April 20, 2024

Researchers calculate the path to greener computing | News

NREL researchers lead effort to reduce computing emissions

A person presenting behind a podium before a small audience watching.
Charles Tripp, NREL senior researcher and leader of the Green Computing Catalyzer, presents NREL’s green computing efforts at the 2023 JISEA Annual Meeting. Photo by NREL

While it has enabled groundbreaking technological advances, the global growth of advanced computing has created a looming energy crisis. Continuous innovation and increased efficiency are essential to avoid future explosive growth in the energy used for computing; However, there is little established research on how we can better design, manufacture, use and dispose of computing devices to reduce their environmental impact.

The U.S. Department of Energy’s National Renewable Energy Laboratory (NREL) has become a global leader in green computing, both by making its own computing operations more sustainable and by leading research projects to provide new information. and responsibility to computer-based research worldwide. . As part of this effort, NREL’s Joint Institute for Strategic Energy Analysis (JISEA) launched the Green Computing Catalyst to cultivate and scale the lab’s green computing capabilities and establish it as a new research domain.

Long-standing commitment to IT efficiency

As home to two high-performance computing (HPC) systems, Eagle and Kestrel, NREL uses advanced computing to power many of its next-generation modeling, simulation and calculation capabilities. Recognizing the significant energy consumption of these systems, NREL took steps to make their operation more sustainable. In 2014, NREL implemented a water-based cooling system that absorbs waste heat from HPC systems and uses it to heat campus facilities. The researchers also aligned computational jobs with the timing of renewable energy generation, scheduling jobs at optimal times.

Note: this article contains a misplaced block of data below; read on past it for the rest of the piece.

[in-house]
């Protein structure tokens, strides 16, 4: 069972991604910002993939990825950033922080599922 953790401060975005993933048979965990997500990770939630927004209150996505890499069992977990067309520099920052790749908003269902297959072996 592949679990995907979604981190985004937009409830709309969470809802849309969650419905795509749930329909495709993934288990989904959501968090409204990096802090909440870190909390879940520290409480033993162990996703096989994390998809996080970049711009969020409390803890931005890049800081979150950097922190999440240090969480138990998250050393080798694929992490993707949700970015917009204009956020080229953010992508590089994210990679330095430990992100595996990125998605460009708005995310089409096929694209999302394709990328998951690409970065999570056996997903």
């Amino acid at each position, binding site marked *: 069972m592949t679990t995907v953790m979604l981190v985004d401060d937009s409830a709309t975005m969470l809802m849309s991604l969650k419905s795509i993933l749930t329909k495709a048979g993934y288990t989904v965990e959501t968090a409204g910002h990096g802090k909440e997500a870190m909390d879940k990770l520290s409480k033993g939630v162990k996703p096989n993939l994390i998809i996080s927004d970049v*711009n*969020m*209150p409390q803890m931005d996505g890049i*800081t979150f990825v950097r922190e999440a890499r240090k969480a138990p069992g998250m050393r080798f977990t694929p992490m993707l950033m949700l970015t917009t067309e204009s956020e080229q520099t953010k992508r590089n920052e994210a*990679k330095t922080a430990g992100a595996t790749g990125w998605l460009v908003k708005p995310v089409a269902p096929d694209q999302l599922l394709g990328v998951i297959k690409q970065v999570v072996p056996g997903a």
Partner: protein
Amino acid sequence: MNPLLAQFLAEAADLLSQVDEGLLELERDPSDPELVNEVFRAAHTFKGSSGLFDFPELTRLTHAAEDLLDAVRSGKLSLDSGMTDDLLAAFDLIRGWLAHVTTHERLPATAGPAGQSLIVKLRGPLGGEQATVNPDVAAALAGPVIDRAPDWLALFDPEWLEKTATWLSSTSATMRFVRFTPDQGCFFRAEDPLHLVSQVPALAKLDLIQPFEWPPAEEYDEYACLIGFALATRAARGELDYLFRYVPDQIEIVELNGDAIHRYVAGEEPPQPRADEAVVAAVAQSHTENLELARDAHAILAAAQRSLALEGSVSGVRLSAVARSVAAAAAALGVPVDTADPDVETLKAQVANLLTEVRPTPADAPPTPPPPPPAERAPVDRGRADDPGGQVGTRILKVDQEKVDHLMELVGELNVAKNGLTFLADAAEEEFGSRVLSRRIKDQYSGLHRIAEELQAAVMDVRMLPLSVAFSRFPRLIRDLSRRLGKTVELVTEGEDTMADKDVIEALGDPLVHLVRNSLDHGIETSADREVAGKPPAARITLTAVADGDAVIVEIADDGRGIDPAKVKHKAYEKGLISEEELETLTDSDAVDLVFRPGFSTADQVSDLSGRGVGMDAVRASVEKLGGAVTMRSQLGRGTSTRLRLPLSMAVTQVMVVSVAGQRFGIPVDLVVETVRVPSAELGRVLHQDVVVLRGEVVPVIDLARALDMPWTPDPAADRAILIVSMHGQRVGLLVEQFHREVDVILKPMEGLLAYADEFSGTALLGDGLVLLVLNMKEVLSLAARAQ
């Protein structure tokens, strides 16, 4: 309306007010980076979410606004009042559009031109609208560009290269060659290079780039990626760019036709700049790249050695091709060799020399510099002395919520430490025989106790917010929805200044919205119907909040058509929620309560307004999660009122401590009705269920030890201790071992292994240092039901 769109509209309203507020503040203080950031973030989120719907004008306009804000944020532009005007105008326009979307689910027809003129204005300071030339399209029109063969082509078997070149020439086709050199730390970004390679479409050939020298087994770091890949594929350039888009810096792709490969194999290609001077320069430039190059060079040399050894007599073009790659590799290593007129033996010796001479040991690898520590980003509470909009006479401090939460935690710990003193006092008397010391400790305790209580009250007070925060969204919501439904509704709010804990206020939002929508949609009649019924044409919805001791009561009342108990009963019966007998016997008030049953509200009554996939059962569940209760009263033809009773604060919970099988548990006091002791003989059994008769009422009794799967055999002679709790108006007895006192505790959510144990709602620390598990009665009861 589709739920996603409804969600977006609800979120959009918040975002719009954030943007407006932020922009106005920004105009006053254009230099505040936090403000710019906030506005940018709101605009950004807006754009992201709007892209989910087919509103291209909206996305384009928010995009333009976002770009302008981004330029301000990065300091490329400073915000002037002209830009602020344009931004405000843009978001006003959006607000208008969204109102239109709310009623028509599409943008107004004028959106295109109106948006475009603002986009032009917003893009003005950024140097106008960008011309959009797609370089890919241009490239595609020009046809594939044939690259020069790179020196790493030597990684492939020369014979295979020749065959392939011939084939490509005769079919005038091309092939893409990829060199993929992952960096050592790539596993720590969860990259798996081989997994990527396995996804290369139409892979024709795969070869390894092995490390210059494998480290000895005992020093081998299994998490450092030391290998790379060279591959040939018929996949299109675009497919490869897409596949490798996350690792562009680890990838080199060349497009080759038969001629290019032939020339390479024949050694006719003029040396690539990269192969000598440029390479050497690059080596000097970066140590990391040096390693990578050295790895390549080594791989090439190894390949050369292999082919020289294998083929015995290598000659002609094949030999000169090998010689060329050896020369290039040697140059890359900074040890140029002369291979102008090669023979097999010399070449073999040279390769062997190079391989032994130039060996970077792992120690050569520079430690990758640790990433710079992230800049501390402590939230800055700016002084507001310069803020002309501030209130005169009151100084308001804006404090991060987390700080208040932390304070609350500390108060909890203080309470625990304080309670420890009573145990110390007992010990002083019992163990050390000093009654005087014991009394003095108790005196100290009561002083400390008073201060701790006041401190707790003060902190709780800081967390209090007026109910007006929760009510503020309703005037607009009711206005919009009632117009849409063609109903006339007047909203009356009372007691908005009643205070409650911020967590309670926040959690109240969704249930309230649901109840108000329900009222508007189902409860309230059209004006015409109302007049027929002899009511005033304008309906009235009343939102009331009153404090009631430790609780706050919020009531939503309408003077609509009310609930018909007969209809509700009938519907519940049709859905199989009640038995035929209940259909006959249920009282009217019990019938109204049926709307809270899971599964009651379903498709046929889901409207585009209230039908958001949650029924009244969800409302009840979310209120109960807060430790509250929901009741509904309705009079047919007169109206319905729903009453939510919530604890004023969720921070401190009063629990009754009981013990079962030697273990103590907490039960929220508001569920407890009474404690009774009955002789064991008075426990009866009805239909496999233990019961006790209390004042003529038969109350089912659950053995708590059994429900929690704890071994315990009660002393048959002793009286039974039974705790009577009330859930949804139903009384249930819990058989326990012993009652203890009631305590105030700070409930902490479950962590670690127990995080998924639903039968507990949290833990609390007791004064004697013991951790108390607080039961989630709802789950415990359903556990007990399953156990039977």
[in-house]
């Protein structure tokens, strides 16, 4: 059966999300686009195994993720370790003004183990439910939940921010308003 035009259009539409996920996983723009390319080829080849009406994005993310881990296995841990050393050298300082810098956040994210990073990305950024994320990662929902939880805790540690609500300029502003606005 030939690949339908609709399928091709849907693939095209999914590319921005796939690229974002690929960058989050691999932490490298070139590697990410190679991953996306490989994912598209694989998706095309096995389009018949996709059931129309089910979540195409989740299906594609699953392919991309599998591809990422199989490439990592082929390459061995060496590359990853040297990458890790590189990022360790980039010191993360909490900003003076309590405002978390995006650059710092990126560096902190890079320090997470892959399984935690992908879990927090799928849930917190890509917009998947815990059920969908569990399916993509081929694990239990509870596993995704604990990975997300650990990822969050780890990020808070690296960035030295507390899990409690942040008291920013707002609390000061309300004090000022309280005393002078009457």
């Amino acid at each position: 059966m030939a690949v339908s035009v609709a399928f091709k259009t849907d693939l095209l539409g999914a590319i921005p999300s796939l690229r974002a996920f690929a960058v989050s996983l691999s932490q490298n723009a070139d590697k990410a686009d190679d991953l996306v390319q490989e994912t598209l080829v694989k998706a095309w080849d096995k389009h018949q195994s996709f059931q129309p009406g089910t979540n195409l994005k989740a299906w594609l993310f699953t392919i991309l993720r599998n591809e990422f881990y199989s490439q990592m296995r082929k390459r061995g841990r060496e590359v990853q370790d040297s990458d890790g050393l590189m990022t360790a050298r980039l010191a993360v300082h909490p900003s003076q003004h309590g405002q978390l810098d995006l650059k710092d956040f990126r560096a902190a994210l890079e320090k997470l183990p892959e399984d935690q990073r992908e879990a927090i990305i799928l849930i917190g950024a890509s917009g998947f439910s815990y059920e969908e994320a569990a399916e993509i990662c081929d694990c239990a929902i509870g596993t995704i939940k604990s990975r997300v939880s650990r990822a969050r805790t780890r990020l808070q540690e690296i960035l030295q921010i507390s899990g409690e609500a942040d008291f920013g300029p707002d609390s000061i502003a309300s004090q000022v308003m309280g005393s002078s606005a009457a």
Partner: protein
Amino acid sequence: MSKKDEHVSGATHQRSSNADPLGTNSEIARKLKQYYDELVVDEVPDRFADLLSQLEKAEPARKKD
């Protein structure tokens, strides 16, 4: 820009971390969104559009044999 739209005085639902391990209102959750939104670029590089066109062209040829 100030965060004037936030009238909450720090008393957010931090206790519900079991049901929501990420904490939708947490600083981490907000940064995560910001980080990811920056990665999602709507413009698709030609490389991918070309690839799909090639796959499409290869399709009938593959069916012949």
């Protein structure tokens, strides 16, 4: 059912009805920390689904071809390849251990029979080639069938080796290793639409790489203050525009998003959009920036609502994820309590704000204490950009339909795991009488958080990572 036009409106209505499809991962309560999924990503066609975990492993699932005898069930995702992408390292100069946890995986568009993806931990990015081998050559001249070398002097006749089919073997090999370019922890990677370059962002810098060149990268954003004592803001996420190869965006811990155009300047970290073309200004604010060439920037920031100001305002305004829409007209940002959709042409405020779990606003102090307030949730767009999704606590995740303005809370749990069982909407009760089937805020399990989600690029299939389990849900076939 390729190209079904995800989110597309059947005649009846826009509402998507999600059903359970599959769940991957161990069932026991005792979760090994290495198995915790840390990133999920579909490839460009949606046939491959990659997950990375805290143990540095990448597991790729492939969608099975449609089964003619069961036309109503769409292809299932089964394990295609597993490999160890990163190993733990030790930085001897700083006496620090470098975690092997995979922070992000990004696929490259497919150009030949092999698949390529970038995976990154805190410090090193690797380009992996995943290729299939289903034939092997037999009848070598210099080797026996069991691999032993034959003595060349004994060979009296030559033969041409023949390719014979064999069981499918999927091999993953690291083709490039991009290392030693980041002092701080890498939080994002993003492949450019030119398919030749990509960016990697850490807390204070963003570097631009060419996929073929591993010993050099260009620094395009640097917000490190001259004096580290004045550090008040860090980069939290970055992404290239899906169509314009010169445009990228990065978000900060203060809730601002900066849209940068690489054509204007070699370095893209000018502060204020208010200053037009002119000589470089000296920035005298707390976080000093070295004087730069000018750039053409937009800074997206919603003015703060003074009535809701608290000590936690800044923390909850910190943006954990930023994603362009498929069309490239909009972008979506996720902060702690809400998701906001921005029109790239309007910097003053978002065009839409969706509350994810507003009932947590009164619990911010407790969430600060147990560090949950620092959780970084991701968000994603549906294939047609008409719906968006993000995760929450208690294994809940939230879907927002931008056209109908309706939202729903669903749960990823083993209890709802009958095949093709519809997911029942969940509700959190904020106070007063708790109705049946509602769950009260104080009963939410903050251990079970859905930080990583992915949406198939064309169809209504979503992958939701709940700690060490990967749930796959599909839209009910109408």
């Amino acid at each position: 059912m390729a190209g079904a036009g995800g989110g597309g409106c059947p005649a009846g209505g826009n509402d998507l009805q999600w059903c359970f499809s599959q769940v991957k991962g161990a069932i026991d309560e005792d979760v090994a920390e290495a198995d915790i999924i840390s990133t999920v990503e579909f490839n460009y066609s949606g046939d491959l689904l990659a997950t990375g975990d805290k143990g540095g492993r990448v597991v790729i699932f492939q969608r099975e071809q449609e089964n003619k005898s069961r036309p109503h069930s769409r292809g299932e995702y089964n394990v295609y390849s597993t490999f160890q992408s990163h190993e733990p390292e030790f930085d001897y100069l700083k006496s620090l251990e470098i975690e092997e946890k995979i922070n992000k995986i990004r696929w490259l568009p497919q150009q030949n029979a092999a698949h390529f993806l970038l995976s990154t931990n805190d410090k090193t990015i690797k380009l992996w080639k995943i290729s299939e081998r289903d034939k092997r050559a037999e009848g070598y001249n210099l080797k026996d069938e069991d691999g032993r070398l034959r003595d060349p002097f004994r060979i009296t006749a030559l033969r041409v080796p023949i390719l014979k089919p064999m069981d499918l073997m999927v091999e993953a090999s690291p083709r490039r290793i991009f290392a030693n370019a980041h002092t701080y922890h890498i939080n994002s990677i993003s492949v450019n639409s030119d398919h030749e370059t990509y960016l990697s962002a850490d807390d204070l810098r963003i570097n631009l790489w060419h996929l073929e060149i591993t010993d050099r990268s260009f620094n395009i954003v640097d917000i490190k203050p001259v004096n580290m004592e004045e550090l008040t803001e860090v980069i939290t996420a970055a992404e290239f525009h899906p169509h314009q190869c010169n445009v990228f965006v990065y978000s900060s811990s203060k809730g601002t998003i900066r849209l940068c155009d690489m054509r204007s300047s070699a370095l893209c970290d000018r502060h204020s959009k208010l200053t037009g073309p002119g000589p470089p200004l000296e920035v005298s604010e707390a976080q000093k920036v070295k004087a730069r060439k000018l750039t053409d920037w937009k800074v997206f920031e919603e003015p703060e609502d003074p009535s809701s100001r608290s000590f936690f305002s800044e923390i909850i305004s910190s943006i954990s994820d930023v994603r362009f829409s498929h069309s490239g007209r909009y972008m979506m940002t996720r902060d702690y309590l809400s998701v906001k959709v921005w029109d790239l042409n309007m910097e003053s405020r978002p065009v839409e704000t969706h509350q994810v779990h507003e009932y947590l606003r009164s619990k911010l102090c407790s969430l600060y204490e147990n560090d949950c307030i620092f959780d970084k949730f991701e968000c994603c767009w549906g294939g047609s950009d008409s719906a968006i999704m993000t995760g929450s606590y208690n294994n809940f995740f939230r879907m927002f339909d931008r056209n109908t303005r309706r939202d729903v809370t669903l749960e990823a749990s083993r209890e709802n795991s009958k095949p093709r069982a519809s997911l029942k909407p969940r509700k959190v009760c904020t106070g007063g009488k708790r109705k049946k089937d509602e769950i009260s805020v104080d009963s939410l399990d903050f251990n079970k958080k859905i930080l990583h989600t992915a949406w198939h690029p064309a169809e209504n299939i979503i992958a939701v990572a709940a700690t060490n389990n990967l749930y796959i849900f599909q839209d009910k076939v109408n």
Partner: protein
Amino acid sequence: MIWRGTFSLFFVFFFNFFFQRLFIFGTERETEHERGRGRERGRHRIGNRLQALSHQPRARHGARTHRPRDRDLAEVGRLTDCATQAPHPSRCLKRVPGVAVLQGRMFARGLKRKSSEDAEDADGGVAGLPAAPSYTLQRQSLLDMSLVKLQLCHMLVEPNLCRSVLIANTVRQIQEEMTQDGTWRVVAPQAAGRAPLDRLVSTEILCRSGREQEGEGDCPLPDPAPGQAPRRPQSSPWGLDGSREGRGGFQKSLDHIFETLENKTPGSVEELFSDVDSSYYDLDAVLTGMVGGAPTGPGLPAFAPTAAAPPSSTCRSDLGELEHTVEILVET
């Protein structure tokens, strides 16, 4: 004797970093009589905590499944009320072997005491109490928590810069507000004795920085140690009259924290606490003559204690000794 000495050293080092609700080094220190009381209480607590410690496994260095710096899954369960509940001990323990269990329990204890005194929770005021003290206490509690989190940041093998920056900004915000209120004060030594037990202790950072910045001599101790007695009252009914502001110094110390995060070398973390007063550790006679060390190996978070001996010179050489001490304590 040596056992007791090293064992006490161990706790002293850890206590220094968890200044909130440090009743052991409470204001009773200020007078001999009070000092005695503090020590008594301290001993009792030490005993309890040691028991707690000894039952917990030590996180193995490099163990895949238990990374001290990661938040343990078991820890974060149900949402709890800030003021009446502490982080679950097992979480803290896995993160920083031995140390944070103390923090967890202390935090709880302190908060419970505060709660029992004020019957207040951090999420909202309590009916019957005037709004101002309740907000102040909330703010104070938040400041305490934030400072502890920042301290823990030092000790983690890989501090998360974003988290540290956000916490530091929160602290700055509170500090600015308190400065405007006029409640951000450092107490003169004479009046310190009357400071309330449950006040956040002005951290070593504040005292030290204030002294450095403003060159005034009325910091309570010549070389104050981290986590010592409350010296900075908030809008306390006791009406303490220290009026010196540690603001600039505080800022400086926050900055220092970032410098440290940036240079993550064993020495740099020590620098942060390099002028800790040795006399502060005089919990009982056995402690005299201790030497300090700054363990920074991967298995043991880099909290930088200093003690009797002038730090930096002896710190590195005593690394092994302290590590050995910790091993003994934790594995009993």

In addition to incorporating energy efficiency at the facility and operations level, NREL also implemented a monitoring system to better understand the computational energy consumption of HPC systems. Eagle, Kestrel, and the previous supercomputer, Peregrine, were equipped with sensors to measure the power consumption of individual nodes and components, such as processors, memory, and graphics processing units. This monitoring system helps quantify computational energy consumption in a way that allows for comparison and improvement, and NREL is now working to incorporate these insights into its computational research and practices.

Facilitate energy-efficient computing for HPC users

Researchers at NREL’s Computational Science Center are partnering with the JISEA Green Computing Catalyst to make energy consumption data collected from the supercomputer’s sensors available to all NREL researchers.

“We want to encourage researchers to include data on computational energy consumption as part of their publications,” said Charles Tripp, principal investigator at the Center for Computational Sciences and leader of the JISEA Green Computing Catalyzer. “This draws attention to the energy cost of computing and sets a standard for accountability in this field of research.”